6. Interesting Times
7. The Last Continent
8. The Last Hero

The Witches Novels and Short Stories
1. Equal Rites - Competed May 19, 2009
2. Wyrd Sisters
3. Witches Abroad
4. Lords and Ladies
5. Maskerade
6. The Sea and Little Fishes (Short Stories)
7. Carpe Jugulum

Death Novels and Short Stories
1. Mort- Completed January 2010
2. Reaper Man
3. Soul Music
4. Hogfather
5. Thief of Time

Watch Novels and Short Stories
1. Guards, Guards
2. Theatre of Cruelty (Short Story)
3. Men at Arms
4. Feet of Clay
5. Jingo
6. The Fifth Elephant
7. Night Watch
8. Thud

Ancient Civilizations Novels and Short Stories
1. Pyramids
2. Death and What Comes Next (Short Story)
3. Small Gods

Industrial Revolution Novels and Short Stories
1. Moving Pictures
2. The Truth
3. Monstrous Regiment
4. Going Postal (Moist Von Lipwig 1)
5. Making Money (Moist Von Lipwig 2)

Unknown:
The Unseen Academicals (October 2009)



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Hilarie
You can learn more about this challenge by visiting War Through the Generations. Below are the books I'm counting towards completion of this challenge for 2009.

1. Tallgrass by Sandra Dallas
2. The Guernsey Literary and Potato Peel Pie Society by Mary Ann Shaffer and Annie Barrows
3. The Book Thief by Markus Zusak
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Hilarie
Yesterday I discovered the Classics Challenge 2009.  I've decided to have a satisfying classic entree, just because I am already committed to a few challenges.  My reads for this challenge will be:

1.  The Count of Monte Cristo by Alexander Dumas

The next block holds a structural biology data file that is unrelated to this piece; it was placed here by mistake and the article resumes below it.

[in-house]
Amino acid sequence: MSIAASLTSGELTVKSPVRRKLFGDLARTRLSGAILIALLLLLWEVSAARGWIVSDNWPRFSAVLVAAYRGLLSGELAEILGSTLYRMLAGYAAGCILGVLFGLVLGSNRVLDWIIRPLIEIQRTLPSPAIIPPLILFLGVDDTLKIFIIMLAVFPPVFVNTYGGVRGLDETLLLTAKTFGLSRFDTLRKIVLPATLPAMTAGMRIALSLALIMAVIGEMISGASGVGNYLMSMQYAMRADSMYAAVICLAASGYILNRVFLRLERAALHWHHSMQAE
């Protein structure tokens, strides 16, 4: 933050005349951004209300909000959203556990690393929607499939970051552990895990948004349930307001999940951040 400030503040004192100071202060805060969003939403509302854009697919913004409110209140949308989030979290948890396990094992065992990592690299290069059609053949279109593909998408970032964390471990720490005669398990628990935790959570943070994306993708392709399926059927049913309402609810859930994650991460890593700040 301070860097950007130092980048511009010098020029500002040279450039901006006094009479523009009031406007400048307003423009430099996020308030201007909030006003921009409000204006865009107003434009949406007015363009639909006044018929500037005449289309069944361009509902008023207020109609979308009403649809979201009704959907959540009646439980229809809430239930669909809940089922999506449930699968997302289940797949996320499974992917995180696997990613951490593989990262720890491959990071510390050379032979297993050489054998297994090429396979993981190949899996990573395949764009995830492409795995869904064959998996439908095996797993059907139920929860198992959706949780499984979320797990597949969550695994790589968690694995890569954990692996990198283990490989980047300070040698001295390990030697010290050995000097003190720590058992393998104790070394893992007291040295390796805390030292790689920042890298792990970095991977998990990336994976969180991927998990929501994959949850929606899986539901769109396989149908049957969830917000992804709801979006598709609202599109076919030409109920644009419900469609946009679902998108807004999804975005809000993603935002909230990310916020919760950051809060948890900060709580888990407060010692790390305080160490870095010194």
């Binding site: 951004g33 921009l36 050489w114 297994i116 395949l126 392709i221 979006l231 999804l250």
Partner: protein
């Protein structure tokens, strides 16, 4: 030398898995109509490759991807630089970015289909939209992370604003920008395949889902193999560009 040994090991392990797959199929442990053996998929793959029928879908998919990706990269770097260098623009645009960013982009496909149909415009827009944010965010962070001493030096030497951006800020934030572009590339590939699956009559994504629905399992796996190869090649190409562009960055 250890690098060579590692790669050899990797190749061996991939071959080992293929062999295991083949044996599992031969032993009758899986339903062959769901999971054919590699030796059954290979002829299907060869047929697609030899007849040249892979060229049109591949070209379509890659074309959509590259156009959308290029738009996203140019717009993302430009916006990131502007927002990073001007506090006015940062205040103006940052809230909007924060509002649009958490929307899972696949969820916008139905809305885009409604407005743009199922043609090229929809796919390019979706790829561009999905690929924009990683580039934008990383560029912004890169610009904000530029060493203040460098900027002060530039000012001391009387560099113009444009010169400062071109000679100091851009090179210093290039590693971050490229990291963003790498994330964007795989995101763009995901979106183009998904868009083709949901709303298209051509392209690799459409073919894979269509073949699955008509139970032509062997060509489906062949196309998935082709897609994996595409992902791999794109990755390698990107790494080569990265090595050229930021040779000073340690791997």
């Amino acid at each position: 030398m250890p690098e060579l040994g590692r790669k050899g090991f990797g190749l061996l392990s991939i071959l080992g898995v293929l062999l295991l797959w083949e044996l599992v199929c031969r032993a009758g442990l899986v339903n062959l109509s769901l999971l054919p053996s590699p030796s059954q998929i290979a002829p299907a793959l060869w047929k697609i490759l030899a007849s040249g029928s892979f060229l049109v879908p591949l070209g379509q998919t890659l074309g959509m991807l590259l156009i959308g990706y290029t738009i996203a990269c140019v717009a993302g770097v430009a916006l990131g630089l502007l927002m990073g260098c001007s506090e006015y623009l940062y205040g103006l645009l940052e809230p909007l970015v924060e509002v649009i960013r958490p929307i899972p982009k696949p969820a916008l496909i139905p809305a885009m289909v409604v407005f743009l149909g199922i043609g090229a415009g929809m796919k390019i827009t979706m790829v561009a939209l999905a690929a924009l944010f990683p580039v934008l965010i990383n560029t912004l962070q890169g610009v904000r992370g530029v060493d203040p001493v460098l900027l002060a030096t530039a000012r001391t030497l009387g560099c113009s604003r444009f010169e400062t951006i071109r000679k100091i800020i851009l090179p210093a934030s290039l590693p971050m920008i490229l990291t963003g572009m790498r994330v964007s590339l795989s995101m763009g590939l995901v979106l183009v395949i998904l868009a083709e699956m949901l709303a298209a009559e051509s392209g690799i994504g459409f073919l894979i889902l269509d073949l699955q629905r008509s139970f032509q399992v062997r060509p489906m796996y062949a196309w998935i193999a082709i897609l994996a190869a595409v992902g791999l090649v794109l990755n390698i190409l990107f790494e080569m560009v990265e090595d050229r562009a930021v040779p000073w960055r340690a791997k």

2.  Persuasion by Jane Austen
3.  The Four Feathers by Alfred Edward Woodley Mason
4.  Dr. Jekyll and Mr. Hyde by Robert Louis Stevenson
5.  North and South by Elizabeth Gaskell

I actually have only read one of the above, "Persuasion", prior to this challenge, so I think it is going to be great!

I have also decided to join the War Through the Generations challenge for 2009.  I find this a fascinating time in history, and am looking forward to learning more.  I haven't selected my books as I will probably pick whatever meets my fancy.  I missed my chance for entrance into the prize drawing, but reading good books is enough of a reward for me.  Luckily, Tallgrass will fit the bill, so I already have one down for this year.

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Hilarie
Rating 5/5

This clever picture book tells the story of Dexter Bexley, a boy with lots of good ideas, who runs into an ominous looking beast one day while riding his scooter.  Of course, the beast's first thought is to quickly gobble him up, but Dexter Bexley and his big ideas not only save the day, but lead to some great adventures with a new friend. What I really like about this book is that it teaches in a very subtle manner the power of good ideas and creative solutions.  It also stands up very well to multiple readings.  I can't even begin to count how many times I have read this book, and I still haven't thought about hiding it behind the couch!
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Hilarie
Rating:  5/5

Perhaps no one appreciates an excellent picture book more than a parent who is forced to read it multiple times.  That is why this book stands out, because even after countless reads I still find myself smiling right along with my toddler at the antics of this unfortunate poultry.  This fabulous picture book details the adventures of Pauline Poulet, a brave chicken, as she struggles to save herself from becoming someone else's main course.  The illustrations are beautiful, the writing is clever and catchy.  I was very impressed by the authors ability to find just the perfect rhyme.  My daughter especially loves to shout out "Pauline, Prevail!" along with the main character.  I think this book is destined to become one of my gifts of choice for birthday parties of one or two year olds.